Viewing 10 posts - 1 through 10 (of 10 total)
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  • nugg
    Participant
    Post count: 12

    Sorry if this has already been covered, but I couldn’t find the answers I was searching for. I have a 128 gig thumbdrive I planned on using to stores roms. When I was running tests on the thumbstick at the command prompt it would show up then not show up. It was acting as if the PI couldnt handle it.

    I followed this tutorial:

    http://mardell.me/blog/how-to-load-roms-from-a-usb-drive-on-retropie/

    I wasn’t sure if maybe it was the size of the drive that’s a problem, or possibly an update made it not work.

    meneerjansen
    Participant
    Post count: 97

    First thing to make absolutely sure it that your Pi is not under powered. Very strange things happen if the peripherals that are connected to your Pi do not get enough power. Use a powered USB hub and make sure your Pi is connected w/ a 5 Volt 2 Ampère adapter.

    Then check if Linux “sees” the USB disk w/ the command:

    df -h
    (meaning: disk free in human readable format, i.e. GB, MB instead of just bytes). Linux can read almost any file system format: ntfs, ext2/3/4, hfs, fat, fat32, etc. etc. So the Pi is probably able to “handle” it.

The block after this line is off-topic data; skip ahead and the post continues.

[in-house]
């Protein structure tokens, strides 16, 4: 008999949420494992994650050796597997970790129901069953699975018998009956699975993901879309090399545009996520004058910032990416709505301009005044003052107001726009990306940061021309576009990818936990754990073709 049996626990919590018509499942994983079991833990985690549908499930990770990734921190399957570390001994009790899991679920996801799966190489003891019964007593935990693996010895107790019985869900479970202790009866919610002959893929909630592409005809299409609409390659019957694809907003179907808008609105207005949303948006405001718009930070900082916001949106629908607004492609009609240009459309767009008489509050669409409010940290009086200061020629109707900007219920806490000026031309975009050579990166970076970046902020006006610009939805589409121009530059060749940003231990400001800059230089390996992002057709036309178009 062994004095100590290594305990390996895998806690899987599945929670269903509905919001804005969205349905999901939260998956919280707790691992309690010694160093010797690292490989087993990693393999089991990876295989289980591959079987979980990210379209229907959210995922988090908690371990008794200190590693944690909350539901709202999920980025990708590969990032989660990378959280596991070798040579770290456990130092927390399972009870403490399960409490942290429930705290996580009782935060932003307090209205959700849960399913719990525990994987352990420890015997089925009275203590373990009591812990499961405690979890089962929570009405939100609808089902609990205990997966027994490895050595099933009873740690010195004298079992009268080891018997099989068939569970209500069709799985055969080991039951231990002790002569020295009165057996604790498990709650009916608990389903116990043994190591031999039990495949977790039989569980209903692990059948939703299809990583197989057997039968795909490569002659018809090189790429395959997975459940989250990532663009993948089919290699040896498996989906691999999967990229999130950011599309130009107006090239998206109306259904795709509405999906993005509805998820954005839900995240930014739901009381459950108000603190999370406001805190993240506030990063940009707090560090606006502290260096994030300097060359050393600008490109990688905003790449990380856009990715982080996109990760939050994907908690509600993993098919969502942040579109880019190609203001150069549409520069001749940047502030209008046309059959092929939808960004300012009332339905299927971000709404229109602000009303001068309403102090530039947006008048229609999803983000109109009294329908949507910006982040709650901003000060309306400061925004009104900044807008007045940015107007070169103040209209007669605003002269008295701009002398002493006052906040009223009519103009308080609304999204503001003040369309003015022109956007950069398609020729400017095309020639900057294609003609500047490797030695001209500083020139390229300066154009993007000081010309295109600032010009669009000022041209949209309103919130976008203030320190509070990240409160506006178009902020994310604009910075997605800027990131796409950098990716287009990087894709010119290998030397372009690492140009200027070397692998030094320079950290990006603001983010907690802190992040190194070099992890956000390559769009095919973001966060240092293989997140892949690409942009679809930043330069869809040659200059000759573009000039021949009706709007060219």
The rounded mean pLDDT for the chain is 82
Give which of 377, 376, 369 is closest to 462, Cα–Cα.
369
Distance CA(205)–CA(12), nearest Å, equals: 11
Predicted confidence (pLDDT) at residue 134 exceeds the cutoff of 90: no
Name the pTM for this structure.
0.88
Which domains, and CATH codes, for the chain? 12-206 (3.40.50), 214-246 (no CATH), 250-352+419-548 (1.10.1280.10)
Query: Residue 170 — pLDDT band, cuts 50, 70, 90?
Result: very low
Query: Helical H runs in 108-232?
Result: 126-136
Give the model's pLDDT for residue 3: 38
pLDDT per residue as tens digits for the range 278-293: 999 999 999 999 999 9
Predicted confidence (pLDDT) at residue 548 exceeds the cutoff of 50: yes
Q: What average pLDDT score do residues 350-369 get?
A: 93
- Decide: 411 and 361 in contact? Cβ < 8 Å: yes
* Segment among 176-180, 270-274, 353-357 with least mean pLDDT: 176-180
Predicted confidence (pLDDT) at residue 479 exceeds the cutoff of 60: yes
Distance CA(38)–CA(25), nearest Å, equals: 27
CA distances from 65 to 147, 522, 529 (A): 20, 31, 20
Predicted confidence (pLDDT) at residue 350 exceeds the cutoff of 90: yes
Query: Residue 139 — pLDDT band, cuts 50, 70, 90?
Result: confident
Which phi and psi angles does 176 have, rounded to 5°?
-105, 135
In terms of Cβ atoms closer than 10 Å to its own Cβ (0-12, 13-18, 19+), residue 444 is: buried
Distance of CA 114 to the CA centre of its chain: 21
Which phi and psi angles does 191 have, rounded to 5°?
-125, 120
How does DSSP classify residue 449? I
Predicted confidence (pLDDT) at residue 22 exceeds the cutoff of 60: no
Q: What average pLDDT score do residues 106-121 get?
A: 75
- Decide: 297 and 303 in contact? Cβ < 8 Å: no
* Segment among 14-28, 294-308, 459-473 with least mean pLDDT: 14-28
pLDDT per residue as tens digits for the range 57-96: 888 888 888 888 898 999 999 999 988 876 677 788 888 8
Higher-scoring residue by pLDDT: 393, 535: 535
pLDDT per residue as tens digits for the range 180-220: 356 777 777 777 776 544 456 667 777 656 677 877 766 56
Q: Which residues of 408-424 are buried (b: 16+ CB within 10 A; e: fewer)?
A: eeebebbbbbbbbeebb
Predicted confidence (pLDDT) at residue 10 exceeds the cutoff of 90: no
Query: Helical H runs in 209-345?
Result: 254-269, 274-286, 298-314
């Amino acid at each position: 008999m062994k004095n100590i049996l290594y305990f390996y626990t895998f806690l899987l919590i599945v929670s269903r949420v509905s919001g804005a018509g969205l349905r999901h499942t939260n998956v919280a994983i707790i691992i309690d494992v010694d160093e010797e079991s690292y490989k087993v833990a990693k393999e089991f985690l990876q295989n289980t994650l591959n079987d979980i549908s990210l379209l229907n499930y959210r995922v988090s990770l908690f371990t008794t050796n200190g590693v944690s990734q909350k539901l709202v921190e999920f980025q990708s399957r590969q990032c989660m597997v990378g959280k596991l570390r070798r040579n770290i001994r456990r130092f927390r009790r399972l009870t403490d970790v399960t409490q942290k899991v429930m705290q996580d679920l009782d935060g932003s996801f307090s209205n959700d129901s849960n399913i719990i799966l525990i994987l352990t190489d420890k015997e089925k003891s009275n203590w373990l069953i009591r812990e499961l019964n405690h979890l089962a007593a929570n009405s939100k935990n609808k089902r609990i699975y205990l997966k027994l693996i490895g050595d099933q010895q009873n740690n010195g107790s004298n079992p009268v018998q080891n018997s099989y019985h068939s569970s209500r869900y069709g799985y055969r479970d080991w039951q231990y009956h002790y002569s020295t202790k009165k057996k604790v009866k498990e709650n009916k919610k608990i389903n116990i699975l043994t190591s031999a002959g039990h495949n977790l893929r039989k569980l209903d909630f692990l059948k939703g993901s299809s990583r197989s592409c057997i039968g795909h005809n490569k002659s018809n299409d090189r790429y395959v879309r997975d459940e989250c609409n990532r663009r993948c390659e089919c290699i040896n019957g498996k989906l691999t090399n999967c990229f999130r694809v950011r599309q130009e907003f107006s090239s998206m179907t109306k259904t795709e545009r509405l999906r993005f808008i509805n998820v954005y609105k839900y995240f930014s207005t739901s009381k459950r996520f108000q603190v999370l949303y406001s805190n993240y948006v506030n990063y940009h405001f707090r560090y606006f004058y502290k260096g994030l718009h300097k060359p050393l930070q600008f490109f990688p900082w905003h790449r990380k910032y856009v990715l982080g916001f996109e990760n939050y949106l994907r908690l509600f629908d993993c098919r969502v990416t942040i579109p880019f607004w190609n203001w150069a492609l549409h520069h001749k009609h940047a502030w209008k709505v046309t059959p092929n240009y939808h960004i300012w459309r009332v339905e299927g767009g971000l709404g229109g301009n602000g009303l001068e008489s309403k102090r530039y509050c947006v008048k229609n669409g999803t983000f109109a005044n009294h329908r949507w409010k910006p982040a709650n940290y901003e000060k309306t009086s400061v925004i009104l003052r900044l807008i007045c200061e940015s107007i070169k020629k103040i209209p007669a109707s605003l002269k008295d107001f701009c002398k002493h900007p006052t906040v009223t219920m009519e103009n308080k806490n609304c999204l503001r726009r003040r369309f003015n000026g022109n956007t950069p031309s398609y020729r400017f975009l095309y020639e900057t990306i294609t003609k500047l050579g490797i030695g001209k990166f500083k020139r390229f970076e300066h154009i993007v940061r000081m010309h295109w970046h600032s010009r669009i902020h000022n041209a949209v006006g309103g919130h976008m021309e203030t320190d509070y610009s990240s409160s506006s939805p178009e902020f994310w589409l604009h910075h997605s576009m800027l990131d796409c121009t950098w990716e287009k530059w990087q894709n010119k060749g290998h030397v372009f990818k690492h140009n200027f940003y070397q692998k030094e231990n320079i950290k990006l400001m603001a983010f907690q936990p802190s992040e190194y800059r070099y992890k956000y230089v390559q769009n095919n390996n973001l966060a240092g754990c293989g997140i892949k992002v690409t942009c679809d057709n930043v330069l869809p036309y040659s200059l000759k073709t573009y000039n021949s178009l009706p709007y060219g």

Succes!

    nugg
    Participant
    Post count: 12

    Thanks! I’ll try it and see.

    InsecureSpike
    Participant
    Post count: 571

    better to be in ext4, tho

    shoothere
    Participant
    Post count: 131

    To quickly add a question to this thread:

    I use my USB3 Stick formatted as FAT32 and I find the performance to be rather poor (1.5mbyte per second) as opposed to the internal SD (8 to 10mbyte per second) when transferring files.

    I could imagine it being a BIT slower but even when reading games I notice that, for example, PS1 titles just take that little longer to load (the transitions in Symphony of the Night being most notable).

    Is it because it is formatted as FAT32 and would formatting it as ext4 work better?
    Am I missing something?

    meneerjansen
    Participant
    Post count: 97

    [quote=120051]To quickly add a question to this thread:

    I use my USB3 Stick formatted as FAT32 and I find the performance to be rather poor (1.5mbyte per second) as opposed to the internal SD (8 to 10mbyte per second) when transferring files.

    I could imagine it being a BIT slower but even when reading games I notice that, for example, PS1 titles just take that little longer to load (the transitions in Symphony of the Night being most notable).

    Is it because it is formatted as FAT32 and would formatting it as ext4 work better?
    Am I missing something?

    [/quote]
    I’m no hardware or file system expert, but I don’t think formatting your drive to another file system would greatly improve speed. The thumbdrive might be of another “class” than the SD card you have (may very old USB thumbsticks be compared to class 2 SD cards?). Power might be the issue too. I can hardly transfer files via WiFi to my Pi but I know that the dongle is not thát bad. Also, everybody always advises to use a powered USB hub when connecting peripherals. That’s not for nothing I think…